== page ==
The GCC tent system provides a convenient way for applicants to secure patent rights effective in each of the GCC member states.
Gulf Cooperation Council
The Cooperation Council for the Arab States of the Gulf, also known as the Gulf Cooperation Council ("GCC"), is an association compromising Bahrain , Kuwait , Oman , Saudi Arabia , Qatar and the United Arab Emirates . The purpose of the association is basically to provide a common market, and this includes coordination of customs regulations and various trade-related laws, and even a proposal for a unified currency.
The GCC's stated objectives extend to fostering scientific and technical progress, facilitating transfer of technology, and boosting economic growth in the region. In furtherance of these objectives, the GCC Patent Office ("GCCPO") was established in Riyadh , Kingdom of Saudi Arabia , in 1998. The GCC Patent Regulations and implementing by-laws were issued shortly after, and the GCCPO then started accepting patent applications.
Substantive patent law
The substantive GCC patent law does not contain any real surprises. To be eligible for a patent under the GCC Patent Regulations, an invention shall be new, involve an inventive step, and be industrially applicable. Further,
- Novelty is absolute;
- Inventive step is assessed with regard to whether or not, having regard to what was known at the priority date, the claimed invention would have been obvious to a person having ordinary skill in the art to which the invention relates;
- Scientific theories and mathematical methods, computer programs, methods of doing business, plant varieties, methods of medical treatment, and so on, are not considered to be inventions;
- The description shall disclose the invention in a manner sufficiently clear to enable the invention to be carried out by a person having ordinary skill in the art;
- The claims shall be clear, concise and fully supported by the description;
- Priority from in an earlier application filed elsewhere may be sought for a period of 12 months from the priority date; and
- The invention shall not conflict with morality (being laws of Islamic Shariah, or public rules of conduct observed in the GCC member states).
Application, examination and grant
The GCC patent system does not form part of the Patent Cooperation Treaty (PCT) nor is it a signatory to the Paris Convention. However, the GCC Patent Office honours the Paris Convention priority rules and a GCC application can claim priority from a prior convention application as if the GCC were a signatory to the Paris Convention.
Upon filing, examiners at the GCCPO examine a GCC patent application for compliance with formalities. The applicant then has three months in which to address any objections arising out of the formalities examination. Substantive examination is then undertaken on behalf of the GCCPO by IP Australia, the Austrian Patent Office and the Chinese Patent Office. Applicants are provided with an opportunity to address any official objections that may arise.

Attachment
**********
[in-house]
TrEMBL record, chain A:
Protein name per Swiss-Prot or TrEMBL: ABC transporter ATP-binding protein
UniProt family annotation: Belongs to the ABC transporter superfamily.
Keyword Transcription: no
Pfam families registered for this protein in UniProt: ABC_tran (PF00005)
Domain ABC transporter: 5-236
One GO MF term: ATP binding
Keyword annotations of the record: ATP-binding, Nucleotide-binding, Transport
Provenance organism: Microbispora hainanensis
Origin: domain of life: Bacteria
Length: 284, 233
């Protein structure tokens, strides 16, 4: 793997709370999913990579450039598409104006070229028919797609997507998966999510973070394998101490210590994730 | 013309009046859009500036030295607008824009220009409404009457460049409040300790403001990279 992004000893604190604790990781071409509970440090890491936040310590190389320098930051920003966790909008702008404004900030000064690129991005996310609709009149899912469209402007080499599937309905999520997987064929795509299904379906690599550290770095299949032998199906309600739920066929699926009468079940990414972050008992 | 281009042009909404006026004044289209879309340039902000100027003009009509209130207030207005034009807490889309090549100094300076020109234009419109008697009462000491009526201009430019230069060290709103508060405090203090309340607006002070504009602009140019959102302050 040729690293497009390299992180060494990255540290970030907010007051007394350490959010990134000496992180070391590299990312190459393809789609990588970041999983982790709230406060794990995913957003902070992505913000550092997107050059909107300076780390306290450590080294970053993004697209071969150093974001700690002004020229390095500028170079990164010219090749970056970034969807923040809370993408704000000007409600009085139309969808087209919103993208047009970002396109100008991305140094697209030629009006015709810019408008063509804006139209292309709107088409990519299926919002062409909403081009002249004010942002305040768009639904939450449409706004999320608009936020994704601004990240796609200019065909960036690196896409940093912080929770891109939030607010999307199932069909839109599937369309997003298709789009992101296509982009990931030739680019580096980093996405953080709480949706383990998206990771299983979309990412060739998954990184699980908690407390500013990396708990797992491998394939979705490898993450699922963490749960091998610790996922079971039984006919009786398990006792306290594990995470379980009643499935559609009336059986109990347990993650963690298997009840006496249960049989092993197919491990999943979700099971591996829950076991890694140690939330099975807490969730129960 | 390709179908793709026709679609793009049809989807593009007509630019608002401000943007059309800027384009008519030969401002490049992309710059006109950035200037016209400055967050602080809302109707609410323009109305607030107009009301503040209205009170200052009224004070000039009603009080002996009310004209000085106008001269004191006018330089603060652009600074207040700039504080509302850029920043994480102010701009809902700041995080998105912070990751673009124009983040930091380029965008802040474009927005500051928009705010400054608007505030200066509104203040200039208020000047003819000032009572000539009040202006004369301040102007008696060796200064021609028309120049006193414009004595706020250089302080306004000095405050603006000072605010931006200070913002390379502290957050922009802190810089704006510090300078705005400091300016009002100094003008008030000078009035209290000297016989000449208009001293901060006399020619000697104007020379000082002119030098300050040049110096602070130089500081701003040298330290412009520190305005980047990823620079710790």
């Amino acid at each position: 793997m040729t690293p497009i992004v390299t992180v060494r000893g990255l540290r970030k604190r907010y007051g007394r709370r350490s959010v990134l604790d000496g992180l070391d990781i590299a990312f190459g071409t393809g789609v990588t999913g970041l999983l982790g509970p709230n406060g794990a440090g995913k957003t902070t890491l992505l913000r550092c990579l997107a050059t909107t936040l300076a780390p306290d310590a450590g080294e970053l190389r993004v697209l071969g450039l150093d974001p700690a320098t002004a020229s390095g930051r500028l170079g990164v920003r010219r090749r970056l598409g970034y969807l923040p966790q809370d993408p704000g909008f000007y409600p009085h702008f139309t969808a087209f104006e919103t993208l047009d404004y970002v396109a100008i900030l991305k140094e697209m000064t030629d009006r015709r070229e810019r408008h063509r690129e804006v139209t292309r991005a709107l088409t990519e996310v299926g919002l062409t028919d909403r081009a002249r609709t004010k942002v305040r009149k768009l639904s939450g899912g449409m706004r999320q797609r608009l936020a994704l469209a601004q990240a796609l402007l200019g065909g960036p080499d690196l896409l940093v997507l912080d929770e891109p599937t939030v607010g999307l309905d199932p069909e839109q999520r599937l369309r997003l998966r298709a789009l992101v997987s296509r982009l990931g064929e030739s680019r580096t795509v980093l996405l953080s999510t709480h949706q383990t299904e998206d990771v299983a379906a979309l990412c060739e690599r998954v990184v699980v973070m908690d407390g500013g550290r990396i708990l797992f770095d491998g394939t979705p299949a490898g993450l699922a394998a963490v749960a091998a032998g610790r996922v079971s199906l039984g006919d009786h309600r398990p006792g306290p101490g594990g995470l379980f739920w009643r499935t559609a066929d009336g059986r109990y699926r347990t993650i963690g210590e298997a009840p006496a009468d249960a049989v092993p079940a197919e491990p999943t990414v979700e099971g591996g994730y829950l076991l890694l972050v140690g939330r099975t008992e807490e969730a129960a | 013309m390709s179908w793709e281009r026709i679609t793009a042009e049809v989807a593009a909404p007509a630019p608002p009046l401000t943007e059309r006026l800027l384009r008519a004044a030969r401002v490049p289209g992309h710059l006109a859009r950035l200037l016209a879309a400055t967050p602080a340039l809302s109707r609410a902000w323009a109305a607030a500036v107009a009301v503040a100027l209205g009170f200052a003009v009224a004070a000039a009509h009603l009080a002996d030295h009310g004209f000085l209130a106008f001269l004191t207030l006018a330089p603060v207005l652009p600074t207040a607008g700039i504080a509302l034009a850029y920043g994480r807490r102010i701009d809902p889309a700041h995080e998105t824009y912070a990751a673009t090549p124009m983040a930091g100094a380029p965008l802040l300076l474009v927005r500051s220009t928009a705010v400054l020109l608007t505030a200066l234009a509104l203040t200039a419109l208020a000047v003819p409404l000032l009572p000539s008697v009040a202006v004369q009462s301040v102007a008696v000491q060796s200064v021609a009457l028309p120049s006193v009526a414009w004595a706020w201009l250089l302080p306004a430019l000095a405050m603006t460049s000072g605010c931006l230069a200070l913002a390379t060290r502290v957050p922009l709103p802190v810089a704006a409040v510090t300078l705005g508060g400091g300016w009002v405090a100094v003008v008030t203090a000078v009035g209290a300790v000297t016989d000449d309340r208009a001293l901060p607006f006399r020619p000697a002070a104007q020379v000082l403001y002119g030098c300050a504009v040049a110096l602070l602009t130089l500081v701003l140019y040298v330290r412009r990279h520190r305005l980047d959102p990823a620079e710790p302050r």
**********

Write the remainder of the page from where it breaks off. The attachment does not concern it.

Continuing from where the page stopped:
Any decision to grant a patent is published in the official journal, and there is a three month period in which it maybe appealed to the GCCPO Grievance Committee. Decisions of the GCCPO Grievance Committee are, in turn, appealable to the competent authority in each of the member states. In the absence of any appeal, the patent is granted. From application to grant, it currently takes at least 36 months for a GCC patent to be granted.
Subject to the continued payment of the annual maintenance fees, the term of a GCC patent is 20 years from the application filing date. The annual fees are payable in advance, at the beginning of the year starting from the year after the application date. There is a three month grace period for payment of such fees, with a further three month grace period available for an additional fee. It is possible to pay the annual fees in advance to entirely or partially cover the validity of the patent.
If the patent opposition period has ended, and the GCCPO has granted the patent, the grant of the patent may be challenged before the responsible authority in Saudi Arabia , the Board of Grievances.
In contrast, allegations of patent infringement are heard by the responsible authorities in the GCC member state in which the infringement is alleged to have occurred. Specifically, Article No. 26 of the GCC Patent Law states that:
The competent authorities of each Member State shall examine all disputes pertaining to infringement, or imminent infringement of the patent. Such authority shall settle the said disputes in pursuance of the provisions of the Regulation of the GCC Patent Office in addition to its own regulations governing national patents, if any, respectively, otherwise according to the general rules.
We have not encountered any cases involving allegations of infringement of a GCC patent. It remains to be seen as to how a claim of invalidity in response to a claim of patent infringement will be handled. If a claim of invalidity is made in response to a patent infringement allegation, we would expect the responsible authorities in the relevant GCC member state to hear the claim before addressing the infringement allegation. Despite this, there is a possibility that the party alleging invalidity will be required to file a complaint before the relevant authorities in Saudi Arabia in order to have the invalidity aspect addressed, with the infringement action being placed on hold until the invalidity issue is resolved.
The content of this article is intended to provide a general guide to the subject matter. Specialist advice should be sought about your specific circumstances.